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A shortened 1926 or 1927 Model T Ford Sedan

Interesting Images of Four Vehicles to Peruse and Ponder

Charles Heyer’s father, A.P. Hayer was a clever individual, and we have featured a photo of his welding shop that was located in Montclair, New Jersey in the past. Today we have pictured above a shortened 1926 or 1927 Model “T” Ford sedan that he modified circa 1930. We are left to wonder if anyone can identify the closed car on the left with the distinctive windshield treatment?

1905 Spyker Touring car

This early touring car is a Spyker, a low production high-quality automobile that was built in the Netherlands between the late-1890s and the early-1920s. The year it was built is not known, and we will rely on our knowledgeable readers for help to date it. Two points of interest are the exposed cover below the radiator and its one self-generating acetylene magnifying-lens headlamp. The photos are courtesy of the Owls Head Transportation Museum.

1905 Spyker Touring car

A Canadian and Pacific Railway steam-power railway car called the Jiggler

This photograph is dated circa 1885 and shows a railroad vehicle called The Jigger. It was a small steam-powered car the Canadian and Pacific Railway construction crews apparently used for transportation. The brakeman is up front, and the engineer is in the back tending to the throttle and the boiler. A few jury-rigs can be seen on the machine that lead us to wonder if this was a railroad shop built piece. Can any of the railroad buffs in the audience tell us more?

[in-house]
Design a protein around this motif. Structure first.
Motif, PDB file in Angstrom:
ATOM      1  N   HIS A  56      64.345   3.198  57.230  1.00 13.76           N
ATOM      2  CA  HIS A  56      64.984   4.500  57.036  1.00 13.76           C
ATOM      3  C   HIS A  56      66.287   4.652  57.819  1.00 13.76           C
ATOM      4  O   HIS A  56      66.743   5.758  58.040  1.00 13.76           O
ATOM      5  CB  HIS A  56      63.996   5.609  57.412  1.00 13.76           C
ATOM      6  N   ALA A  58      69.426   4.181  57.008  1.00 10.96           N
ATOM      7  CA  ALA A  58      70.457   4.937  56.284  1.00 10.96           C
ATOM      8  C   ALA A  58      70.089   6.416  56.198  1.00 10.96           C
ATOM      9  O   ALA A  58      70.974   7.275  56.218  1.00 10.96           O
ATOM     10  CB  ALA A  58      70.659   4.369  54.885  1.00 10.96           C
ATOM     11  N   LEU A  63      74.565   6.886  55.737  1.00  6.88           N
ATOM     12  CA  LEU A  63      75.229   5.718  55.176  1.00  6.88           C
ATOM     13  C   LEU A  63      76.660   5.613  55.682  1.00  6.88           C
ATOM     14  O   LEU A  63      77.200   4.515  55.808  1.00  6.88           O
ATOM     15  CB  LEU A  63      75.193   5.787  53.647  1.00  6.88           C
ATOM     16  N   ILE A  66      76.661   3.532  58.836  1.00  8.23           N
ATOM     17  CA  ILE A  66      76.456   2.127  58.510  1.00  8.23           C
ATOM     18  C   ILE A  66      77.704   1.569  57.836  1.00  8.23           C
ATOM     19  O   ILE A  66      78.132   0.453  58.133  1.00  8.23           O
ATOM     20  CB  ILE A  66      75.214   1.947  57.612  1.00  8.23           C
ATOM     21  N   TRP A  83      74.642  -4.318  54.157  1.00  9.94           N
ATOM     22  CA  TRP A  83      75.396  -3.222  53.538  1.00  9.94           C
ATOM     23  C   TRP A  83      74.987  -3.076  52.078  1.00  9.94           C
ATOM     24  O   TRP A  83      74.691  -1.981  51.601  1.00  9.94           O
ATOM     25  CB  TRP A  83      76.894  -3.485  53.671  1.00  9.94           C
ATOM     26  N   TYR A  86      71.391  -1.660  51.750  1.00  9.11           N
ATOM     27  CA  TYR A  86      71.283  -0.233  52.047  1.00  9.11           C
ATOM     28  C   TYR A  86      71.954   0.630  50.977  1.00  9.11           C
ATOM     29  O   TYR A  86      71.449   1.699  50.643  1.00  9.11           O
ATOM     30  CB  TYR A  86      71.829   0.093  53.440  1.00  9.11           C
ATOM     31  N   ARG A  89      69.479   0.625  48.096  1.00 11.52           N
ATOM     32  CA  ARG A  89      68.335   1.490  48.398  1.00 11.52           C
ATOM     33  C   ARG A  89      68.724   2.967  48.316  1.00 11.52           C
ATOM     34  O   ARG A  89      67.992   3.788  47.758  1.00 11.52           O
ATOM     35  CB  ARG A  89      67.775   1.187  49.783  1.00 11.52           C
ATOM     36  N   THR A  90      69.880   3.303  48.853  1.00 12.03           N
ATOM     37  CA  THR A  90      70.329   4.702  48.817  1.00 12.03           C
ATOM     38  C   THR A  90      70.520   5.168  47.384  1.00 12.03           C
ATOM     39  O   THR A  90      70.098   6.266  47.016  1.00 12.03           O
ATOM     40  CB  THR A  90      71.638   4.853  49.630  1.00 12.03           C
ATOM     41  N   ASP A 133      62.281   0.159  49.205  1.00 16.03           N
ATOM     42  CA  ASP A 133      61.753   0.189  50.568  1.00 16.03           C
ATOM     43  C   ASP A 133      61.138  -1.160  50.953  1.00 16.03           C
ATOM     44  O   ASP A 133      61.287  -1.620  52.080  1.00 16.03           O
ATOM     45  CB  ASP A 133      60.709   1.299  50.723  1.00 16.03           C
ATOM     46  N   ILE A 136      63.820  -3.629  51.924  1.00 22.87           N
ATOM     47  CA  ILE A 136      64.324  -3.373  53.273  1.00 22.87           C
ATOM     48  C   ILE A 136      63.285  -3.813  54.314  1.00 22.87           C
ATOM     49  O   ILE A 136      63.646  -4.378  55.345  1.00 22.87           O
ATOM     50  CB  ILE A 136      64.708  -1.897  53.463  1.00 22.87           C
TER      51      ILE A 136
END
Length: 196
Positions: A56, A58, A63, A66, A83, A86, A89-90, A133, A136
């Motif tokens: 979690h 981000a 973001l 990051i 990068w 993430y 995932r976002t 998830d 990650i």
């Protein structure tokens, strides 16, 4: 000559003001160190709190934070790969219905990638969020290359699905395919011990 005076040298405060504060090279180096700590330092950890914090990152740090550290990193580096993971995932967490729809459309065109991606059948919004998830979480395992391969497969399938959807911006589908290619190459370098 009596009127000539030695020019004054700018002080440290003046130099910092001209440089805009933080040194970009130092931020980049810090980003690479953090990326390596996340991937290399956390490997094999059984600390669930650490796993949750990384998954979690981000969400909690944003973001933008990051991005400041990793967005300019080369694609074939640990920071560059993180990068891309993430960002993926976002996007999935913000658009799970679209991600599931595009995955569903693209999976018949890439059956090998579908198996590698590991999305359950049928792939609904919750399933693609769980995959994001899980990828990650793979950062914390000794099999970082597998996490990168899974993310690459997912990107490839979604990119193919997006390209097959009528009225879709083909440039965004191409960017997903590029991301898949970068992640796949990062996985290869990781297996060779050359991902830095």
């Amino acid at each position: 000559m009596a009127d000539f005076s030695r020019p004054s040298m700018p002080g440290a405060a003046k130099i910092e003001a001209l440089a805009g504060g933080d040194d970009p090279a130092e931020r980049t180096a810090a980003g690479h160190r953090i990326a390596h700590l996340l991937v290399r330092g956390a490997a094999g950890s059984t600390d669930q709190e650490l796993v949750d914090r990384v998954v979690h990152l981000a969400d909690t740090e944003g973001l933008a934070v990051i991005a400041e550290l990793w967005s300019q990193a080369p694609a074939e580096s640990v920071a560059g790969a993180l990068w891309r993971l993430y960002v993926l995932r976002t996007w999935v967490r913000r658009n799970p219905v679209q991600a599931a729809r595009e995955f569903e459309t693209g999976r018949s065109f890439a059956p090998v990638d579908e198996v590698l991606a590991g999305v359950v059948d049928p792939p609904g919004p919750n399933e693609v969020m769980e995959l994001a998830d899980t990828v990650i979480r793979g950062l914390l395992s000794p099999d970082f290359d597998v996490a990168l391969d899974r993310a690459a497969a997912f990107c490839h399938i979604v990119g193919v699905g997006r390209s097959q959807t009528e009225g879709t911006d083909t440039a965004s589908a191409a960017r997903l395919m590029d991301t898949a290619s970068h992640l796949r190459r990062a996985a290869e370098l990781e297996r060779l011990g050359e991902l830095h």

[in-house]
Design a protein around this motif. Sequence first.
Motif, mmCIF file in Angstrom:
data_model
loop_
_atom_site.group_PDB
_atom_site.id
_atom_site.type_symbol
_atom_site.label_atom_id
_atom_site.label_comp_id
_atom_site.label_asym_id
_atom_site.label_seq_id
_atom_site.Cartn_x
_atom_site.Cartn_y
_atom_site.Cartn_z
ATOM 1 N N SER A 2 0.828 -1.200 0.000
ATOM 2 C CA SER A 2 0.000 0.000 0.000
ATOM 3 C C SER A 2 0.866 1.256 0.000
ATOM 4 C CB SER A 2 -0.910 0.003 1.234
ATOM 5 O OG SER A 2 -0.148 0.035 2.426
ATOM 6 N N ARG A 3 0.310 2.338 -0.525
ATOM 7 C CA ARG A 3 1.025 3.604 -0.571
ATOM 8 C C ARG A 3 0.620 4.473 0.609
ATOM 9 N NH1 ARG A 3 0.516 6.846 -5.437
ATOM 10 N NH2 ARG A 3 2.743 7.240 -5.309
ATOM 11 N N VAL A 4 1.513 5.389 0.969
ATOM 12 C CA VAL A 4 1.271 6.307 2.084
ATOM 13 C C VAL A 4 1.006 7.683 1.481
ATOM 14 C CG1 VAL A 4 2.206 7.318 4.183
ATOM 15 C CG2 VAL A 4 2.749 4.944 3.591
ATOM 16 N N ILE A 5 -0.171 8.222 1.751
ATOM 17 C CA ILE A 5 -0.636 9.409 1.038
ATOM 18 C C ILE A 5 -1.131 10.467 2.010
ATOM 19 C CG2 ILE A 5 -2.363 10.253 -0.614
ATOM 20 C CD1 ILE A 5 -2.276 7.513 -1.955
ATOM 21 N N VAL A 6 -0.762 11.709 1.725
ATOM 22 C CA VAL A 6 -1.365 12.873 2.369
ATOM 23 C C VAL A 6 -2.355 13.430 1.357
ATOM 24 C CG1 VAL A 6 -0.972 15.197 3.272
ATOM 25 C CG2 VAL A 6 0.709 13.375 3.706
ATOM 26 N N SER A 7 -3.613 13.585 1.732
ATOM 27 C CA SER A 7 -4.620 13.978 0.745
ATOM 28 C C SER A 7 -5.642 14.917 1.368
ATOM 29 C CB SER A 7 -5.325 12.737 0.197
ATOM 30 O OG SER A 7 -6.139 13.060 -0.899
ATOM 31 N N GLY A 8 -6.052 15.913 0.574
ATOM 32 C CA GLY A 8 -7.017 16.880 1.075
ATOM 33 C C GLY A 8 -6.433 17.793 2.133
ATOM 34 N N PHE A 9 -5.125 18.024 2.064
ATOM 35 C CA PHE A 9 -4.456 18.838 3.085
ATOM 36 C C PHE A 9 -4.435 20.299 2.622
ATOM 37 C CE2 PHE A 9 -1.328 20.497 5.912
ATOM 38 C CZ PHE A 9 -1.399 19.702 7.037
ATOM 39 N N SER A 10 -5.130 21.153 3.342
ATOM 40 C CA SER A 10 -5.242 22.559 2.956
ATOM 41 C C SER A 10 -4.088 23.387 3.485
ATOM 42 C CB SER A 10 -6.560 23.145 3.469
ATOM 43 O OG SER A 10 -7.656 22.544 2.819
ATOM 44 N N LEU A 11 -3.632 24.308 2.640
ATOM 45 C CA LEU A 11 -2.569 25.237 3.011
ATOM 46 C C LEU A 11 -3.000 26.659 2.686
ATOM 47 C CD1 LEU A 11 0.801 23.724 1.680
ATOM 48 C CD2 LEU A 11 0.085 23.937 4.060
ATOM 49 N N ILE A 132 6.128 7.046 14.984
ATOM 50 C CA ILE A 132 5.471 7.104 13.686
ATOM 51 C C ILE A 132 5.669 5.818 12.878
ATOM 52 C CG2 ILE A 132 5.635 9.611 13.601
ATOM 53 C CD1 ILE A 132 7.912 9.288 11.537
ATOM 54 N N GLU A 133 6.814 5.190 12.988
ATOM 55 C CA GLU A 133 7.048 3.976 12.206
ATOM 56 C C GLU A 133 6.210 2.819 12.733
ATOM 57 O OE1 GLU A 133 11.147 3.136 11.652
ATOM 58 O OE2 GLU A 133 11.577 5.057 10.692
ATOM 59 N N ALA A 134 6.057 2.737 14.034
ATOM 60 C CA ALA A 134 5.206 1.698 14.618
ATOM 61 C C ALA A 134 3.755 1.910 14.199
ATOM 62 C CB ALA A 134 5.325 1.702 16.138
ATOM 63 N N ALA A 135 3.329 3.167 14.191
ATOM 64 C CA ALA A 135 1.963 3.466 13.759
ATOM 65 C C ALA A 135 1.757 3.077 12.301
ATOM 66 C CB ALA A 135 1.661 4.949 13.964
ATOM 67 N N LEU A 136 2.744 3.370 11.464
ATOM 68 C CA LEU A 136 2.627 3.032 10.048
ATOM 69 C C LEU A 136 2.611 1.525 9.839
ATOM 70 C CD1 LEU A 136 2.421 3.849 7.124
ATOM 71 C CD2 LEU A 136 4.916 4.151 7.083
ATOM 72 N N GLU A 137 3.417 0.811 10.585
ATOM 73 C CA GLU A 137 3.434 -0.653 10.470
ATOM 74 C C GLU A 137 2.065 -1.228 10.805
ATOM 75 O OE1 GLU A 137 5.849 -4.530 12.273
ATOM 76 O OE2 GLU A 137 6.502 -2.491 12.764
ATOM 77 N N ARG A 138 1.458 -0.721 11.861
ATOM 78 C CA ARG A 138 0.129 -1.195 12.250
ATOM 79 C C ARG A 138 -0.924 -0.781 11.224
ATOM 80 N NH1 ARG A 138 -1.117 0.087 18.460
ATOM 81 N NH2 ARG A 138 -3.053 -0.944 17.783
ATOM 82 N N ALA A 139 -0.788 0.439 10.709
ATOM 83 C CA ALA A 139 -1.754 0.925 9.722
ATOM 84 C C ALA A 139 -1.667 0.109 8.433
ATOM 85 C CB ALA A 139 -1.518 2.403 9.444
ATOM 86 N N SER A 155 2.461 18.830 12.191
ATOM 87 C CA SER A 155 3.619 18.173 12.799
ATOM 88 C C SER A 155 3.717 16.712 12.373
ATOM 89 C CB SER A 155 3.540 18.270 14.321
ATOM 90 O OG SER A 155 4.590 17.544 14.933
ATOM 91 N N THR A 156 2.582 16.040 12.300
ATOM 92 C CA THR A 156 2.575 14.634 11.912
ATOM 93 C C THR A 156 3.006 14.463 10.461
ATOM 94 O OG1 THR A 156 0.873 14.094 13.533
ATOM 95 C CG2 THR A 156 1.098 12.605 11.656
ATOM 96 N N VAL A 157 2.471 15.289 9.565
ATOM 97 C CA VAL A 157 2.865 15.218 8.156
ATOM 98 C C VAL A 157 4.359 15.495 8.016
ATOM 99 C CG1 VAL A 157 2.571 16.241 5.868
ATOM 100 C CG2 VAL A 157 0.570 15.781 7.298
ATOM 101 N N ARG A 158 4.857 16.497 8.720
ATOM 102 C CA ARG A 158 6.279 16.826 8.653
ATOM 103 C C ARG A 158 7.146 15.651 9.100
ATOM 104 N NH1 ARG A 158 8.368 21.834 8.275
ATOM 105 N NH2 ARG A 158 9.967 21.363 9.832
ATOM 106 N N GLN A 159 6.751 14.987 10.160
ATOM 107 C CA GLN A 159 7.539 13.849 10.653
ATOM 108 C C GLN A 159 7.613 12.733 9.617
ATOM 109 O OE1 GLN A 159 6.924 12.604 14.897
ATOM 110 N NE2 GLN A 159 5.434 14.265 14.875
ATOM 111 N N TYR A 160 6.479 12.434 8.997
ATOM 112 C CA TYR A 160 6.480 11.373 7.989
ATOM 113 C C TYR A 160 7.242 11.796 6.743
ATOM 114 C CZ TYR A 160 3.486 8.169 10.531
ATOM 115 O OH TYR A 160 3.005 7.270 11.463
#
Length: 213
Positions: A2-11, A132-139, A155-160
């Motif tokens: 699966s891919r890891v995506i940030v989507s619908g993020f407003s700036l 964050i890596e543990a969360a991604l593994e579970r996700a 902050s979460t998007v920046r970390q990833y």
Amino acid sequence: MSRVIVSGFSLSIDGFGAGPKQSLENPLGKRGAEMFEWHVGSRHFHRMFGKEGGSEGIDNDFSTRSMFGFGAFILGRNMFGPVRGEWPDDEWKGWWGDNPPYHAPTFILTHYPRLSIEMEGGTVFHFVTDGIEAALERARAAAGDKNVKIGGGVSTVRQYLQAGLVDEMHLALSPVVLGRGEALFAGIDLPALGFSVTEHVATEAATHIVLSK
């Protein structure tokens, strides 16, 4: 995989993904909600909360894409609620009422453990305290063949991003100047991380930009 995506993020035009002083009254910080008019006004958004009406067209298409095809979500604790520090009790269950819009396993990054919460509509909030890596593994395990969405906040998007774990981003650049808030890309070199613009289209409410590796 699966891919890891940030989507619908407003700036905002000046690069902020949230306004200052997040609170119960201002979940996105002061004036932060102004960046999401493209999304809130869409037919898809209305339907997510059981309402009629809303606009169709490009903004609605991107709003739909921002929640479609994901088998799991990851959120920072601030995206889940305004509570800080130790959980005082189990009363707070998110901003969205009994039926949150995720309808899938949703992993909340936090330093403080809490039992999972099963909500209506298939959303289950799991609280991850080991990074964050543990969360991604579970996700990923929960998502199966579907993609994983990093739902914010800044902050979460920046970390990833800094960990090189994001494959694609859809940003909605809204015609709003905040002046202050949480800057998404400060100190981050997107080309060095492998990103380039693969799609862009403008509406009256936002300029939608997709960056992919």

1908 Peerless limousine bt the Holcker-Elberg Carriage & Rubber Co. of Kansas City

If you have not seen this type of folding canopy over a windshield  before, one might think it was used for shielding the chauffeur from the sun, but it turns out that is not the case. This limousine body was constructed on a 1908 Peerless chassis by the Holcker-Elberg Carriage & Rubber Co. of Kansas City, Missouri. The builder was an old-line carriage-building outfit that made the change over to the automobile. The company called it: a rain and snow hood to prevent the blurring of the windshield.

8 responses to “Interesting Images of Four Vehicles to Peruse and Ponder

  1. The Spyker of this type was introduced end of 1905 on the London and Paris automobile show. The front plate was part of the ‘dustless’ Spyker concept, consisting of a sheet metal plate covering most of the bottom side of the car. The car on the photo therefore was probably sold in 1906 in England, where the Spyker was quite popular.

  2. There is an interesting page about Spykers here – – and includes this pic – – of a very similar car to the one here which has been dated at 1908. I notice that both this and the mystery car has a tubular front axle and most of the Spykers of 1907 or later have I-beam axles. It would interesting to know if the axle type is definitive to the date – or maybe not? I assume that, from the plate, the mystery car was registered in the UK?

    • The purpose of the hollow axis was weight reduction, as described in the 1906 catalogue. However it seems to have been used only during 1906. Possibly the strength wasn’t sufficient. A difference with the catalogue model was the position of the tie rod, which was behind the front axle on the Paris show model (and on the A-7040). In the 1906 catalogue however it is positioned in front of the axle. I do not know the reason for changing this and when it was done.

  3. To Chris Reed – it does resemble the windshield on the 1919 Hudson Limousine, but those windshields consisted of flat glass as in a standard windshield, but had a sort of wing windshield slanted inwards toward the centerline of the hood,on each side of the main glass. I think most Hudson limo’s of the period (1916 thru at least 1921 – and I’m not sure about 1916 thru 1918, for that matter).

  4. In the first photo, the windshield in question looks like a Brewster Windshield. I’m not sure of the purpose but the front windshield has a horizontal slant to it with smaller side windows filling in the gaps.

    I’ve seen one these on an upper line Auburn of 1925, at the ACD Museum. It is very rare. Once windshields became angled back, the Brewster windshield could not work.

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